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2020 Democratic contenders already eyeing top staff in Iowa

  • Election-2020-Iowa

    Rep. John Delaney, D-Md., speaks to fairgoers during a visit to the Iowa State Fair on Aug. 10 in Des Moines, Iowa. The 2018 midterms are barely history, but the next campaign is already in full swing in Iowa, home to the first caucus of the 2020 Democratic presidential nominating campaign.

    CHARLIE NIEBERGALL / AP FILE

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DES MOINES, Iowa — Andrew Turner was driving Iowa's Democratic candidate for state auditor back to Des Moines last month when a potential presidential contender called to make an introduction. It was one of many such overtures the 23-year-old has fielded.

“I'm hearing from them,” said Turner, who managed Rob Sand's winning campaign for auditor. “They've been pretty respectful, congratulating me, but saying we'd love to talk to you more.”

The 2018 midterms are barely history, but the next campaign is already in full swing in Iowa, home to the first caucus of the 2020 Democratic presidential nominating campaign. In the two weeks since the election, potential White House contenders have intensified their effort to recruit operatives who could help them navigate an Iowa campaign.

In a state that hasn't had a wide-open campaign in more than a decade, recent Iowa success is a hot commodity. The competition is shaping up to be especially fierce because the field could include as many as two dozen candidates.

“There are going to be so many candidates, the Iowa staff primary is more important this cycle than perhaps any other cycle on the Democratic side,” said Jennifer Palmieri, a former top aide to Hillary Clinton's 2016 campaign.

The outreach ranges from friendly encouragement to all-out wooing.

Sen. Cory Booker of New Jersey has been especially aggressive in reaching out to potential staffers, according to multiple who have spoken to him. That is in keeping with other early moves that suggest he would make a strong play in Iowa should he launch a campaign.

He made an impression among some potential surrogates by calling more than a half dozen Democrats who ran for statewide office the day after the election.

Sen. Kamala Harris of California and former Massachusetts Gov. Deval Patrick also have been in touch with top potential staffers and party organizers.

Lesser-known Maryland Rep. John Delaney, who is banking on a strong Iowa finish to vault him into contention, already has 10 staff in Iowa, with plans to have 30 scattered across eight field offices by January.

“It's going to be difficult to find qualified staff with as many candidates in the race,” said Monica Biddix, Delaney's spokeswoman. “That's why we want to get in there early and expand our footprint now.”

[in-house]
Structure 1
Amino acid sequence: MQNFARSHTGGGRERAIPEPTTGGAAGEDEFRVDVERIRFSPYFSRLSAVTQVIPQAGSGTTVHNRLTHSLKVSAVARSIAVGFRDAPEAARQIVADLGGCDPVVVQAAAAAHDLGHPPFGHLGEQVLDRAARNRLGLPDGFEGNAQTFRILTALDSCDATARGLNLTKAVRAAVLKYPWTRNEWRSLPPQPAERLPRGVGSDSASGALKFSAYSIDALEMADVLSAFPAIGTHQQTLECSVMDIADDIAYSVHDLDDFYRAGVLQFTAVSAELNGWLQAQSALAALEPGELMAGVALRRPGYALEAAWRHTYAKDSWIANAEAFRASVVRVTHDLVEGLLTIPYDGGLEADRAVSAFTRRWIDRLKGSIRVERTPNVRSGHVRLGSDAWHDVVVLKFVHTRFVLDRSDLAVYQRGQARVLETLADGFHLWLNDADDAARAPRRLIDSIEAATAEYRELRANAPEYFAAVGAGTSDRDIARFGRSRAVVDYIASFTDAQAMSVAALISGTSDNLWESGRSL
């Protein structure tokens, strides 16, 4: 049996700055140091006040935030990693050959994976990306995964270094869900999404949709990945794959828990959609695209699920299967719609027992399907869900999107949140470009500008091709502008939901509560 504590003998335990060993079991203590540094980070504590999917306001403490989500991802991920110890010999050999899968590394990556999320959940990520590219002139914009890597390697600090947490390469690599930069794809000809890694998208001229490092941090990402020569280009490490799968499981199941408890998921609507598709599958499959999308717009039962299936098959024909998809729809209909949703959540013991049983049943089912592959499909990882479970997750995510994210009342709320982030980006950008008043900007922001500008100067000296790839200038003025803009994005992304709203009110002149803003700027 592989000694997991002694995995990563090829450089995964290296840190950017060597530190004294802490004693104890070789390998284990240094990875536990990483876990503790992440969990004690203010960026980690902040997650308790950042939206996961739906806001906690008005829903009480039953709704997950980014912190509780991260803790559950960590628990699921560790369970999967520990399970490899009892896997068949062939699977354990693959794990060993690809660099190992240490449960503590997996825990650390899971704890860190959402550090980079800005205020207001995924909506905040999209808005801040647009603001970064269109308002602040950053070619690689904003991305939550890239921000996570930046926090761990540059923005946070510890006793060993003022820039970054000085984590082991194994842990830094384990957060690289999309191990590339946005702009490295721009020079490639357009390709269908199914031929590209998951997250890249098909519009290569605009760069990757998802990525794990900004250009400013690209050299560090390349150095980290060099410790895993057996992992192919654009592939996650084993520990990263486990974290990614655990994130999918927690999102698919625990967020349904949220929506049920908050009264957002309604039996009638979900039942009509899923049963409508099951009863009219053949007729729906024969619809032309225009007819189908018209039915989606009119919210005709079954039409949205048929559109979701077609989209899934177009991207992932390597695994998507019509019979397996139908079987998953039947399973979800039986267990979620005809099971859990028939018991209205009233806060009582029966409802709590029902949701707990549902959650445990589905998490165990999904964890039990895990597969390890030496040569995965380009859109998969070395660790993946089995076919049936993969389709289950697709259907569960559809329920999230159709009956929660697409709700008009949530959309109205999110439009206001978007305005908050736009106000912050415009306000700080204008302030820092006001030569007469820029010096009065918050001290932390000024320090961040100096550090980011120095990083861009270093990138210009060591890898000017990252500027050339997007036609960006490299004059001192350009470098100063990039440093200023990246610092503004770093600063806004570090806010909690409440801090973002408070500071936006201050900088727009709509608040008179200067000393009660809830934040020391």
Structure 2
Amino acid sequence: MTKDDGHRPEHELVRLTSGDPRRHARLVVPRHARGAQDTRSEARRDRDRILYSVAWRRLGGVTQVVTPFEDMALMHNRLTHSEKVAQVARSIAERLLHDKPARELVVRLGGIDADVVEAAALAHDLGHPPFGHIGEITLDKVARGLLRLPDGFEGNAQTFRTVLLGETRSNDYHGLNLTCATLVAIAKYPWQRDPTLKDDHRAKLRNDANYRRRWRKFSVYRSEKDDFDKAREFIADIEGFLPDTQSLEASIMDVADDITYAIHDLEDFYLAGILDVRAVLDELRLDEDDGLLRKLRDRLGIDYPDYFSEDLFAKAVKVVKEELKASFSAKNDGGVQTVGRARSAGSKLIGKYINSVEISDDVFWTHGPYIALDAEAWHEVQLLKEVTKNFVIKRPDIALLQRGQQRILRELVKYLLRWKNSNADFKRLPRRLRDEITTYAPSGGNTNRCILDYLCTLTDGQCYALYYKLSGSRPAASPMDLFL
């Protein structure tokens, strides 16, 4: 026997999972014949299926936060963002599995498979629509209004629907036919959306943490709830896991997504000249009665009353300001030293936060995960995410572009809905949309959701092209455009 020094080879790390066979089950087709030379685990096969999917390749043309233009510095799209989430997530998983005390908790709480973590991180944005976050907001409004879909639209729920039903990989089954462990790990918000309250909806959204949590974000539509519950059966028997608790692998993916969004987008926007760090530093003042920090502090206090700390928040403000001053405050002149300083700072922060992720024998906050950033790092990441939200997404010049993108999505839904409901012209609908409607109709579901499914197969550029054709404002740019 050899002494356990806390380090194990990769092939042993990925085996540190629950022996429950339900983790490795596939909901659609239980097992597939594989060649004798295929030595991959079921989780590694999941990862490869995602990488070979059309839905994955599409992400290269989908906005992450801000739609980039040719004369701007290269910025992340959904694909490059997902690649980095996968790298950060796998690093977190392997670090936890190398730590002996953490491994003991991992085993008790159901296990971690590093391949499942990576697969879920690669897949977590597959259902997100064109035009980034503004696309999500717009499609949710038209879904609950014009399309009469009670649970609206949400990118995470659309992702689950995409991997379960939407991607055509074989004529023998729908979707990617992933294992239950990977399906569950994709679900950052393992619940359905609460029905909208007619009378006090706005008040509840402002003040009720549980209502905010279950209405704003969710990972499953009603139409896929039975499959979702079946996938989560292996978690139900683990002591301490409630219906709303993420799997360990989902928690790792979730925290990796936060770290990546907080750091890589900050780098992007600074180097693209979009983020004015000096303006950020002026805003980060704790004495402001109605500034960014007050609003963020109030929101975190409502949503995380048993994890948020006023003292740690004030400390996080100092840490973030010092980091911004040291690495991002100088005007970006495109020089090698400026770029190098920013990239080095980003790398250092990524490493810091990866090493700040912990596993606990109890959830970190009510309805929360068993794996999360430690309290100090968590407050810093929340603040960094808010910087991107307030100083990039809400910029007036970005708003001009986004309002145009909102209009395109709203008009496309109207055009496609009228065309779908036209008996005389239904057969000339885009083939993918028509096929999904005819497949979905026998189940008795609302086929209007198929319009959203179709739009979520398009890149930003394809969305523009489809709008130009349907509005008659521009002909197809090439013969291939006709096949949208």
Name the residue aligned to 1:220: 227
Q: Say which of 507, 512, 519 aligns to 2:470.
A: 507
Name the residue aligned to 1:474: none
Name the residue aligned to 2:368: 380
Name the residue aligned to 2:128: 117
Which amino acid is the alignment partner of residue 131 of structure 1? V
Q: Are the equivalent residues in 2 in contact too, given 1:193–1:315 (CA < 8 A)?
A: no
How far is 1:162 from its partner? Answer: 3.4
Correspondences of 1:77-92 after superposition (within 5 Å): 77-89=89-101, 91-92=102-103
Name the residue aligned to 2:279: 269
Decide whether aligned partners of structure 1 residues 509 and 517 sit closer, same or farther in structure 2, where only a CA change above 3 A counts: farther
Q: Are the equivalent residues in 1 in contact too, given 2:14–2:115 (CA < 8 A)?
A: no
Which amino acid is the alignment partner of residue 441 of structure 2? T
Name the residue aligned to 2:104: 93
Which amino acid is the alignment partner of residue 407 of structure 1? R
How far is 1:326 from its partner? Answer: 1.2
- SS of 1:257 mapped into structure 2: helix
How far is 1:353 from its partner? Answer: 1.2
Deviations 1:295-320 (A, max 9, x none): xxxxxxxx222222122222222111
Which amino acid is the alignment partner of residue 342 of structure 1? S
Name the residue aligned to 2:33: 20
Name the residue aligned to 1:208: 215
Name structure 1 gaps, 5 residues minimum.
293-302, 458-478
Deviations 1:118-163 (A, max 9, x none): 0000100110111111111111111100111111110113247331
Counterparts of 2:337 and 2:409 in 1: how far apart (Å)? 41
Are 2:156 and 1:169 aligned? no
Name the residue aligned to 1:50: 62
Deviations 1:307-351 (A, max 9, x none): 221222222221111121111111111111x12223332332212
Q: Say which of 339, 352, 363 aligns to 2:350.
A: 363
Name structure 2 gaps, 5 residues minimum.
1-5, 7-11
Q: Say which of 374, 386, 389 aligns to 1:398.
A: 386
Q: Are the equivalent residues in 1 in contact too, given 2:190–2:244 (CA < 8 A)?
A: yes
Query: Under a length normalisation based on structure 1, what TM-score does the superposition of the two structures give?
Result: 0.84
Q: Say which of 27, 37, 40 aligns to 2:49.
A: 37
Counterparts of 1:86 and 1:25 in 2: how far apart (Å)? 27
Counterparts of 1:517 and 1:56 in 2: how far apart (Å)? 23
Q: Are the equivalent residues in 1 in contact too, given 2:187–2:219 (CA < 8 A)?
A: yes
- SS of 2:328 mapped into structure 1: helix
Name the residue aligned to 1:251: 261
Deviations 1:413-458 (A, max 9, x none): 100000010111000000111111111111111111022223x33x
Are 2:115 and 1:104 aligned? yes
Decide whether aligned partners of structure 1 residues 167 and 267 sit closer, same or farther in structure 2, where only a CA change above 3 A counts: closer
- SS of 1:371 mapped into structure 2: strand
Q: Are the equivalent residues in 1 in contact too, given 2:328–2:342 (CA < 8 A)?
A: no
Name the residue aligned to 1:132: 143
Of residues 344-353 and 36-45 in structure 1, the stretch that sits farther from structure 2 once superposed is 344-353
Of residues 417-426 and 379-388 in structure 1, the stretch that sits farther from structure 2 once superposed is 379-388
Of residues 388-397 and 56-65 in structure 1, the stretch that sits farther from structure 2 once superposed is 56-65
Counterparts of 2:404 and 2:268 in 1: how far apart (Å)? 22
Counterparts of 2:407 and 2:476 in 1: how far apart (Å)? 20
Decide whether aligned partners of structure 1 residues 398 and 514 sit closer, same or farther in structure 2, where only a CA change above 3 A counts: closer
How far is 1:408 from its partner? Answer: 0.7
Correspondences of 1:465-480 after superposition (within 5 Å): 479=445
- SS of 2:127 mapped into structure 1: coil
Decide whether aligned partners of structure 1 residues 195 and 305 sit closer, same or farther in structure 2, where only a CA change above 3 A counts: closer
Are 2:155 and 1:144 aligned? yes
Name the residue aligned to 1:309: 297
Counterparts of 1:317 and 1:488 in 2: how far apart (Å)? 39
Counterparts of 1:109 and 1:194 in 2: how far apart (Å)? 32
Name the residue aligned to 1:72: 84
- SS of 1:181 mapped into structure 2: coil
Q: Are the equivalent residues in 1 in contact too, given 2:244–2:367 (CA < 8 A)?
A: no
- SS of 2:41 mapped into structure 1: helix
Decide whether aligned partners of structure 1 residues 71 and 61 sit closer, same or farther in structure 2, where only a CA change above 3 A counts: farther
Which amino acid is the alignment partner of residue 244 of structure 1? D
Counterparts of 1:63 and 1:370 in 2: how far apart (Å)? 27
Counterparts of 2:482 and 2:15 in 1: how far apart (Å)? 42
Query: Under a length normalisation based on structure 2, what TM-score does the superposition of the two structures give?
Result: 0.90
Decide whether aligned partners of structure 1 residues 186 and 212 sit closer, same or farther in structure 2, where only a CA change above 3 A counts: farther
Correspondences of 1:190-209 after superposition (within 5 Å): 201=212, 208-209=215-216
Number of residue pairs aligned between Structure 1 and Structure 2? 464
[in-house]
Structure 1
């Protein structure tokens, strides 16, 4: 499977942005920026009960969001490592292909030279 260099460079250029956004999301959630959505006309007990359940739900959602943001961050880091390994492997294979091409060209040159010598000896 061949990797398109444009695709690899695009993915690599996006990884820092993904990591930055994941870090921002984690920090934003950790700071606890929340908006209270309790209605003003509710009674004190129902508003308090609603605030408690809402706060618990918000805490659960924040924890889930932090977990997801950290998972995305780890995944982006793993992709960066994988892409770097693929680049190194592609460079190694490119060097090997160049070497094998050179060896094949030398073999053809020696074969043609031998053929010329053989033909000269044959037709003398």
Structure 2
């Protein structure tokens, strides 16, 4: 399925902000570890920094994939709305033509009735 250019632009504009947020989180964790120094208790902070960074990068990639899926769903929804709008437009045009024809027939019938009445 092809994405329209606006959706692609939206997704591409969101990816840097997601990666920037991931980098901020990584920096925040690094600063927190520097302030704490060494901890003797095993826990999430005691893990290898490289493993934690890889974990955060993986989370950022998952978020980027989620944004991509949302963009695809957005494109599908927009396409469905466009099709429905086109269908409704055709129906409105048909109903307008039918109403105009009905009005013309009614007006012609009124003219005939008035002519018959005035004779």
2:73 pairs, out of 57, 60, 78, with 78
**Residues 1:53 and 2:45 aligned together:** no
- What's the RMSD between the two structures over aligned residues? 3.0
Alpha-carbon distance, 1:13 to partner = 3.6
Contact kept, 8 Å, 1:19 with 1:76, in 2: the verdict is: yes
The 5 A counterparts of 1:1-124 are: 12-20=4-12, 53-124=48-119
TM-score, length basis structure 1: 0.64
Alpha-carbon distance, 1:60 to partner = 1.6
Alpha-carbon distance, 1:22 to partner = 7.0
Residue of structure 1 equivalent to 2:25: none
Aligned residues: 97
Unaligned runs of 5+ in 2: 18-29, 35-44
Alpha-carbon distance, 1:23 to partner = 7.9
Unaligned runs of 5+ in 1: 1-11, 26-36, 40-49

Meanwhile, other emerging Democrats are just starting to make Iowa contacts.

Colorado Sen. Michael Bennett, a relatively new name to the 2020 discussion, has been in contact with some influential Iowa Democrats, while New York Gov. Andrew Cuomo, who won re-election to a third term this month, has contacted Des Moines-area Democrats.

Many of the top staff prospects have key things in common: Youth, familiarity with presidential campaigns and a fresh understanding of Iowa's Democratic politics.

Turner worked on Martin O'Malley's 2016 presidential campaign and represents a class of young operatives eager to put their time learning the political nuances of Iowa's 99 counties to use on politics’ largest stage.

Kane Miller managed a winning House race in northeast Iowa this year. He worked for Clinton's 2016 caucus campaign and has been courted, particularly by Harris.

Another prized recruit could be Janice Rottenberg, an Ohio organizer for Clinton in 2016 who ran the Iowa Democratic Party's campaign that helped all party candidates this year.

There's also Joe O'Hern, a native Iowan and 2016 O'Malley staffer in Iowa who ran Ohio's statewide Democratic campaign this year and would be considered a likely pick for Ohio Sen. Sherrod Brown if he decides to launch a 2020 candidacy.

Outreach to these and other 30-and-younger operatives who are fresh off the midterms and familiar with the caucuses’ nuances suggests those who know the players and the game have the edge. Unlike a primary election, the caucuses are political meetings held statewide where registered Democrats gather to publicly declare their preference for a candidate. It requires a degree of specific logistical organizing more precise than a primary.

“People who can adapt and adopt are the people you want,” said Anita Dunn, a former adviser to Barack Obama. “It means landing people who are current.”



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